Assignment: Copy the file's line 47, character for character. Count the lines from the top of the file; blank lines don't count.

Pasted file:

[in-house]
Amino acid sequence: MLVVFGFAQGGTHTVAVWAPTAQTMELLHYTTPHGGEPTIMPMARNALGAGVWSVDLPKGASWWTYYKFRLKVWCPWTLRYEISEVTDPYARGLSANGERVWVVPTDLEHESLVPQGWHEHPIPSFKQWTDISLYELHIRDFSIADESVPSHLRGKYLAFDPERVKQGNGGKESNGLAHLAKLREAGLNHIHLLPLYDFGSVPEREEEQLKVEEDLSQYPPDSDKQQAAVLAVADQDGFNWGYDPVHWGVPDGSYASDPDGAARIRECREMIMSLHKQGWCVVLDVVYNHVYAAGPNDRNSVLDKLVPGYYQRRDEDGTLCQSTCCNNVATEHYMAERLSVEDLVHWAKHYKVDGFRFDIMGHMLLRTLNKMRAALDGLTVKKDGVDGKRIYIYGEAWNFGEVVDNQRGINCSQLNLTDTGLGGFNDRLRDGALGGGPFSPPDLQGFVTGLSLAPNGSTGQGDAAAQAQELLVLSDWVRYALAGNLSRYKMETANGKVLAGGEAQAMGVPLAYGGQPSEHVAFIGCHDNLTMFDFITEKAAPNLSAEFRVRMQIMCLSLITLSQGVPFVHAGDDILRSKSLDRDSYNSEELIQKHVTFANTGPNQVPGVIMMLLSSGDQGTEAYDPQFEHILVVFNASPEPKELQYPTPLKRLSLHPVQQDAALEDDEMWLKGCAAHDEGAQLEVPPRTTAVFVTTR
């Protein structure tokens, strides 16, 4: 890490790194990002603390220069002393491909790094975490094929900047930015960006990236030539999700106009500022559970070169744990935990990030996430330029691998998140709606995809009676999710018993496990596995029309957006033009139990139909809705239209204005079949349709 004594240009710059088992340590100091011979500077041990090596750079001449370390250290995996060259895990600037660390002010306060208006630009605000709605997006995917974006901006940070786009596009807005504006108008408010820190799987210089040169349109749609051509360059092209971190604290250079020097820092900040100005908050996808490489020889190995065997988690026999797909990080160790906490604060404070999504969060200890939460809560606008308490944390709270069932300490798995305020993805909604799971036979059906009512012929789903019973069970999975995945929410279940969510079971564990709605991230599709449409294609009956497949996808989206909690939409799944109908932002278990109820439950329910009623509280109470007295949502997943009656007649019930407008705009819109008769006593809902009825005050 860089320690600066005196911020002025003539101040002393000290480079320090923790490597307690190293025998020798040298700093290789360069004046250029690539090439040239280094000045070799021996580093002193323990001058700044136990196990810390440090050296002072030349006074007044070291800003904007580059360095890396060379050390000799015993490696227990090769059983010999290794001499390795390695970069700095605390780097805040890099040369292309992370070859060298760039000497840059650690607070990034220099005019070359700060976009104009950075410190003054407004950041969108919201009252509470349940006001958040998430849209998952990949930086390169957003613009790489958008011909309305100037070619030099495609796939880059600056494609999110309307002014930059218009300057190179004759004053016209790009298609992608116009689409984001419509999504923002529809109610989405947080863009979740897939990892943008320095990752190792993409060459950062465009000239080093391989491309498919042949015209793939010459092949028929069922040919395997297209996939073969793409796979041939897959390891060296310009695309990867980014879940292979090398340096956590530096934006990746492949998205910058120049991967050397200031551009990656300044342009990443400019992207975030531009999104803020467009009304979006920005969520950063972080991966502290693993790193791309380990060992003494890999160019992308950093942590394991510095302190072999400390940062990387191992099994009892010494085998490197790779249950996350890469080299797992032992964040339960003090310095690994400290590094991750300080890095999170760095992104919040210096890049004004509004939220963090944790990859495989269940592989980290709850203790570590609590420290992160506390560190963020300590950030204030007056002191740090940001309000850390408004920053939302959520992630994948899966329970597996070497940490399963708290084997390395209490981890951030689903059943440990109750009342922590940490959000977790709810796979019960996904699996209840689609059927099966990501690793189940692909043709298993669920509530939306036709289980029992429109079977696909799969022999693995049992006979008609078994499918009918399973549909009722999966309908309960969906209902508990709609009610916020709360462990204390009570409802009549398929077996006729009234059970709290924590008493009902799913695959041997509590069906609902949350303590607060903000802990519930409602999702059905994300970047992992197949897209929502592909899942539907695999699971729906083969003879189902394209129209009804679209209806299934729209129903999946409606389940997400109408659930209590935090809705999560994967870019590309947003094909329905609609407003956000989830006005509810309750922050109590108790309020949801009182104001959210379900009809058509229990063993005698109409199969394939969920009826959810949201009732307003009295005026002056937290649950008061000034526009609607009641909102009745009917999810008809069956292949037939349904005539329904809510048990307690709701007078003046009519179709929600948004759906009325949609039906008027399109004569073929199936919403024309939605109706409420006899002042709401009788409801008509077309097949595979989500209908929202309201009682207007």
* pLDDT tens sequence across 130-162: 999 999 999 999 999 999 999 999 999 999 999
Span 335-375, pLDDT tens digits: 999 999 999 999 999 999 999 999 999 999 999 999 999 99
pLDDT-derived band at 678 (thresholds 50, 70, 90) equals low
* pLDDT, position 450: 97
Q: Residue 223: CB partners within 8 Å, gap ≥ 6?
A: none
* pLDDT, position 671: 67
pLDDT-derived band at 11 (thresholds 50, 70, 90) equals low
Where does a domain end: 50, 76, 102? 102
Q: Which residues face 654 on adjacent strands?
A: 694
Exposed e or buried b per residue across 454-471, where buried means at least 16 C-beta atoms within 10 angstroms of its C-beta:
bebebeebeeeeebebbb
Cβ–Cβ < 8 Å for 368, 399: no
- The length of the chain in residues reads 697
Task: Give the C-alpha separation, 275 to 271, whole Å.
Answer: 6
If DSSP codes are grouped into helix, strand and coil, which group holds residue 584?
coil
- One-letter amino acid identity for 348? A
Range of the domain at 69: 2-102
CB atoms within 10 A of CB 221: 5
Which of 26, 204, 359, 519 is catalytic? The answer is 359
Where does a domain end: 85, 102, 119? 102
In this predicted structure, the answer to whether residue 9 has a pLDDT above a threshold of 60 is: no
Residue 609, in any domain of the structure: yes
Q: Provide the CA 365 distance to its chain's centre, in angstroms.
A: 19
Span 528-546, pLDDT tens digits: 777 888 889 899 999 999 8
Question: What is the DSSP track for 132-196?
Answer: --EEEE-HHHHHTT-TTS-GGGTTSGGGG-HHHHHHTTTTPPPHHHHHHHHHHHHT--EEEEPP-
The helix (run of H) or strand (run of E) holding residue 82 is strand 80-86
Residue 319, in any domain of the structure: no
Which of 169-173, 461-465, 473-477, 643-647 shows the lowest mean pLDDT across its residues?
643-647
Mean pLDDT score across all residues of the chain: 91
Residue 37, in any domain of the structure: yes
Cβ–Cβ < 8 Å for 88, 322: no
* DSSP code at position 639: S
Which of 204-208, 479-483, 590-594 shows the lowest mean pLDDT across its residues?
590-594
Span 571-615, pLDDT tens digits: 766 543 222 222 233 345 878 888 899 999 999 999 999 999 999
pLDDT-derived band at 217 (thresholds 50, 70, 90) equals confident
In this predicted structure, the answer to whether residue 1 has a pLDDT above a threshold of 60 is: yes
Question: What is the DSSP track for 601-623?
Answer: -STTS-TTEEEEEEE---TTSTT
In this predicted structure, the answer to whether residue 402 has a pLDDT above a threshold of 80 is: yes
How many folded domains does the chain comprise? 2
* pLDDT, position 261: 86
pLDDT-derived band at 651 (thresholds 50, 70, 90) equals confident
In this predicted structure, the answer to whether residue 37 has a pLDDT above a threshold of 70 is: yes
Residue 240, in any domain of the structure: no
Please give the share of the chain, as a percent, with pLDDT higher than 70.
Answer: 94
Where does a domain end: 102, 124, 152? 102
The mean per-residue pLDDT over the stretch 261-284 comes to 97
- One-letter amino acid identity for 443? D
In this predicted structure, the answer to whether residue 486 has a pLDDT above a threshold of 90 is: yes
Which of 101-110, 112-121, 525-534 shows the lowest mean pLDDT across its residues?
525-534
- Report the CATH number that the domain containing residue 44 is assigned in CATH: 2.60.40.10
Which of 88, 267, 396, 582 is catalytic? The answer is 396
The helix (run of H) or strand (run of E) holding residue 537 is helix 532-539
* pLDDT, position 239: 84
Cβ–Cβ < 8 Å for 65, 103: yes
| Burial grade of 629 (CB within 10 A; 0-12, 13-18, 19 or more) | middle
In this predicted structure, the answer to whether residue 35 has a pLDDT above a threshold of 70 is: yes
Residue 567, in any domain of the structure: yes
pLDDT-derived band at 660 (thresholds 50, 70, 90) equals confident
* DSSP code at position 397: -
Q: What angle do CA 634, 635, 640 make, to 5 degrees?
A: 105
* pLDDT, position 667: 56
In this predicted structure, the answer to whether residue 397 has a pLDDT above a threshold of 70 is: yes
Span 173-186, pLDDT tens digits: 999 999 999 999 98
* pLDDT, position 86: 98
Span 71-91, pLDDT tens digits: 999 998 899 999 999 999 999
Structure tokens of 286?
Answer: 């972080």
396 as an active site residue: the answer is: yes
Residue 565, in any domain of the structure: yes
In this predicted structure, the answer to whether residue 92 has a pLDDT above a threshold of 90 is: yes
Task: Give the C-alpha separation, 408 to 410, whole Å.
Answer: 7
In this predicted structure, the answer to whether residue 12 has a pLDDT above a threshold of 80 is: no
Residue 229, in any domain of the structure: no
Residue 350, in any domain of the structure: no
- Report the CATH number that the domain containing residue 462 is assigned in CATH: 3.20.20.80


In this predicted structure, the answer to whether residue 1 has a pLDDT above a threshold of 60 is: yes